Namibian cousins visit

Last month we had a visit from Val’s cousin Enid Ellis and her husband Justin, who were on holiday from Windhoek, Namibia. Val and Enid are cousins on the Pearson side of the family. We manage to see them once every 5 years or so, usually when they are passing through, and catch up with news of family and friends. This time we did it over lunch in Centurion Mall.

Enid Ellis, Val Hayes, Justin Ellis

Val (nee Greene) and Enid (nee Gammage) grew up in Escombe, in Queensburgh, Natal, near Durban and the families were very close, and they spent a lot of time together.

Steve met Justin when he came to Windhoek with a group of  students from Stellenbosch University to spend part of their summer vac there in 1970. Actually it was a funny summer, as for one week it was bitterly cold, and there was snow in the Cape, in December!

Steve and Justin met again in July 1972 (the real winter) at an Anglican Students Federation conference at KwaMagwaza in Zululand. Steve had been deported from Namibia, along with some other church workers, including the bishop, Colin Winter, and so Steve tried to persuade Justin to go there to take the place of some of those who were kicked out. Whether the persuasion did the trick, or whether it was something else, Justin eventually went.

A few months after that meeting, Steve met Val and Enid in Queensburgh, and in 1973 Val and Enid went to Namibia on holiday. In 1974 Enid decided to go back there, and later that year Val and Steve were married, and Enid and Justin as well. And a few years later Justin and Enid were deported from Namibia (an insidious habit), and spent a few years in England, returning when Namibia became independent in 1990.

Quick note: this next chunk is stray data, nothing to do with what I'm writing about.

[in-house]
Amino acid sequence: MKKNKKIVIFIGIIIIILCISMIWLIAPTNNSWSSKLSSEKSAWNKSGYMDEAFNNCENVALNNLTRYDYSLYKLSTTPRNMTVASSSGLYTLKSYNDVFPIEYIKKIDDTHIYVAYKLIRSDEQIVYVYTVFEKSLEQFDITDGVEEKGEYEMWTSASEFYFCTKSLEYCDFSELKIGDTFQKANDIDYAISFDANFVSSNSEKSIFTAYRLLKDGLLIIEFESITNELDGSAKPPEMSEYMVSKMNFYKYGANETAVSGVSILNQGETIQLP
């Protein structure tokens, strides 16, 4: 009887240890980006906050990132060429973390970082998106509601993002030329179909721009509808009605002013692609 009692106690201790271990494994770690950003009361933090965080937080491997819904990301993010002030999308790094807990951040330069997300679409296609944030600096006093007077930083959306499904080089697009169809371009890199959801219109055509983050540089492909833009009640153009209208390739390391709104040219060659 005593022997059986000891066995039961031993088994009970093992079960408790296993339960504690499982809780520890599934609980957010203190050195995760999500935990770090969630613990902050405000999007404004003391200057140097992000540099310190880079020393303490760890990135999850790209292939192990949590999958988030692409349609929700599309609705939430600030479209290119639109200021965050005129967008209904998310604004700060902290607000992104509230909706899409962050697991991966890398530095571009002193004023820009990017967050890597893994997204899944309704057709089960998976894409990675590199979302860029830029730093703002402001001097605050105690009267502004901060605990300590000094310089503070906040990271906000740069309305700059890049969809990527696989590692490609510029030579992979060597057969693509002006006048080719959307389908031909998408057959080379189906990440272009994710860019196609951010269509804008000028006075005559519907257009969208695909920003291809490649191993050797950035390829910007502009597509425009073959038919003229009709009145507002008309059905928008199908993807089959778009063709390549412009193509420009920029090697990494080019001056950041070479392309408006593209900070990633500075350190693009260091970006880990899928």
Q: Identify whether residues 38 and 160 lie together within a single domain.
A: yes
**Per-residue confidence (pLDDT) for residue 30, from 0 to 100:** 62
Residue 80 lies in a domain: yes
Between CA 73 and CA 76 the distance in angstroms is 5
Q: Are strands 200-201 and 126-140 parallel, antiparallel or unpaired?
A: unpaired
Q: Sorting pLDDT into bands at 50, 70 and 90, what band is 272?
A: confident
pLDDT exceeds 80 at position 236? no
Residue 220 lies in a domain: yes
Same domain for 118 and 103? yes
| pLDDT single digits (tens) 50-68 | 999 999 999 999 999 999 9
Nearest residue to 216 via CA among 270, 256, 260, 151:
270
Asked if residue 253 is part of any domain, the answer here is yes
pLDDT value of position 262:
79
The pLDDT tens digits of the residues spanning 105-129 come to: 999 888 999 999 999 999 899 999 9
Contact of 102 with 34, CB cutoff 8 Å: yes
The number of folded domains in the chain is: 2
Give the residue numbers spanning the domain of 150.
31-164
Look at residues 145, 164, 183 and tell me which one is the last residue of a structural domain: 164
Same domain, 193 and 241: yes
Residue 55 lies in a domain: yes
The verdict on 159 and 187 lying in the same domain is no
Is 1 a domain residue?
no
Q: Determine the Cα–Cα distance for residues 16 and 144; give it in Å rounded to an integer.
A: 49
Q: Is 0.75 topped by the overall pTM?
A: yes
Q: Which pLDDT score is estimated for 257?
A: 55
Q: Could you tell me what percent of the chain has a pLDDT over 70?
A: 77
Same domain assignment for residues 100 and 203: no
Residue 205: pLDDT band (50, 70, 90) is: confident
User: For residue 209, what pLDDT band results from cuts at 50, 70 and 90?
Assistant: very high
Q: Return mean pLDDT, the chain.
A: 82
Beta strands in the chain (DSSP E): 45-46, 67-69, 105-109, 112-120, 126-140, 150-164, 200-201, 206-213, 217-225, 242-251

Back in the 1970s we were all Anglicans. Now Enid and Justin are Quakers, and Val and Steve are Orthodox.

More meetings of Green(e) cousins

At the beginning of the year Val’s nephew Greg Machin went to New Zealand, and we told him about some of the Green family relatives living there. Yesterday he met some of them, when he went to have lunch with Denton and Ione Evans in Auckland.

Greg Machin and Ione Evans, Auckland, New Zealand 8 May 2010

Greg and Ione are third cousins twice removed, their nearest common ancestors being William John Green (1790-1866) and his wife Margaret Gray (1795-1844). The Green family lived in Quebec, but after Margaret died in about 1843 (we think in Halifax, Nova Scotia, but are not certain) William John Green and the surviving younger children came to the Cape Colony. One of the brothers, Henry Green, married Ida von Lilienstein, and is Ione’s ancestor, while his younger brother Fred Green was Greg’s great great great great grandfather.

We did not know anything about Ione until she was put in touch with us by Colleen Tapscott (another descendant of Henry Green) in January 2006. Ione was researching the von Lilienstein family, and sent a great deal of information on her branch of the family, descended from Henry Green’s daughter Edith Susanna Green who married Ernest Borwick and went to Kenya, which was why we had not been able to find them.

Greg went to New Zealand to be closer to his daughter Abby, who went there with her mother Sharon and Sharon’s husband about 18 months ago. He works in computer networking, and is hoping to find a job in New Zealand. Ione was born and grew up in Kenya, and after leaving school went to London, where she married Denton Evans (who grew up in the Falkland Islands and later lived in Kenya; his father has written an interesting book about the Falkland Islands). After their marriage Denton and Ione went to New Zealand, and all their children were born there.

Kerry Greene in hospital after accident